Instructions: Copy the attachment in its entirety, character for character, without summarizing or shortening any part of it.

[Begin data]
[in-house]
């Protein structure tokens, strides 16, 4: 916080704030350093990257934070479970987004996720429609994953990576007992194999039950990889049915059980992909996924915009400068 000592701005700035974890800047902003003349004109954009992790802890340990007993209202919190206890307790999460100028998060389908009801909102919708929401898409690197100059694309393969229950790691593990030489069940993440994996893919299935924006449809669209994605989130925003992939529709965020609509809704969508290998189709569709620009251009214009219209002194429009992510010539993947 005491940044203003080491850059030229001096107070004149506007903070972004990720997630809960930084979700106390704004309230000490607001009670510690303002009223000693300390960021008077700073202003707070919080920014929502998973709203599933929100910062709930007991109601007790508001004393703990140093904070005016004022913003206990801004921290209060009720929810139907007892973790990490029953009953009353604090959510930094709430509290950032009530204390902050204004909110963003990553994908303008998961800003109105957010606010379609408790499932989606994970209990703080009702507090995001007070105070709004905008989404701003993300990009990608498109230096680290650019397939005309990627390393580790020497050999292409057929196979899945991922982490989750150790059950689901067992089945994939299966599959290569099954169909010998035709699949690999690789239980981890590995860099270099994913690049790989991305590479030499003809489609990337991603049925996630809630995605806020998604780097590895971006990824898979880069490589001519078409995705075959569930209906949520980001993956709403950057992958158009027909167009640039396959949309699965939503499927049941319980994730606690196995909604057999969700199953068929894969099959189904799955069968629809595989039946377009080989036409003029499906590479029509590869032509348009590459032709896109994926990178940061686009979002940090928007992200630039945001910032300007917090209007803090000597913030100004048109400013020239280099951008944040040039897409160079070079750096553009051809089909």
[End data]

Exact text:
[in-house]
């Protein structure tokens, strides 16, 4: 916080704030350093990257934070479970987004996720429609994953990576007992194999039950990889049915059980992909996924915009400068 000592701005700035974890800047902003003349004109954009992790802890340990007993209202919190206890307790999460100028998060389908009801909102919708929401898409690197100059694309393969229950790691593990030489069940993440994996893919299935924006449809669209994605989130925003992939529709965020609509809704969508290998189709569709620009251009214009219209002194429009992510010539993947 005491940044203003080491850059030229001096107070004149506007903070972004990720997630809960930084979700106390704004309230000490607001009670510690303002009223000693300390960021008077700073202003707070919080920014929502998973709203599933929100910062709930007991109601007790508001004393703990140093904070005016004022913003206990801004921290209060009720929810139907007892973790990490029953009953009353604090959510930094709430509290950032009530204390902050204004909110963003990553994908303008998961800003109105957010606010379609408790499932989606994970209990703080009702507090995001007070105070709004905008989404701003993300990009990608498109230096680290650019397939005309990627390393580790020497050999292409057929196979899945991922982490989750150790059950689901067992089945994939299966599959290569099954169909010998035709699949690999690789239980981890590995860099270099994913690049790989991305590479030499003809489609990337991603049925996630809630995605806020998604780097590895971006990824898979880069490589001519078409995705075959569930209906949520980001993956709403950057992958158009027909167009640039396959949309699965939503499927049941319980994730606690196995909604057999969700199953068929894969099959189904799955069968629809595989039946377009080989036409003029499906590479029509590869032509348009590459032709896109994926990178940061686009979002940090928007992200630039945001910032300007917090209007803090000597913030100004048109400013020239280099951008944040040039897409160079070079750096553009051809089909």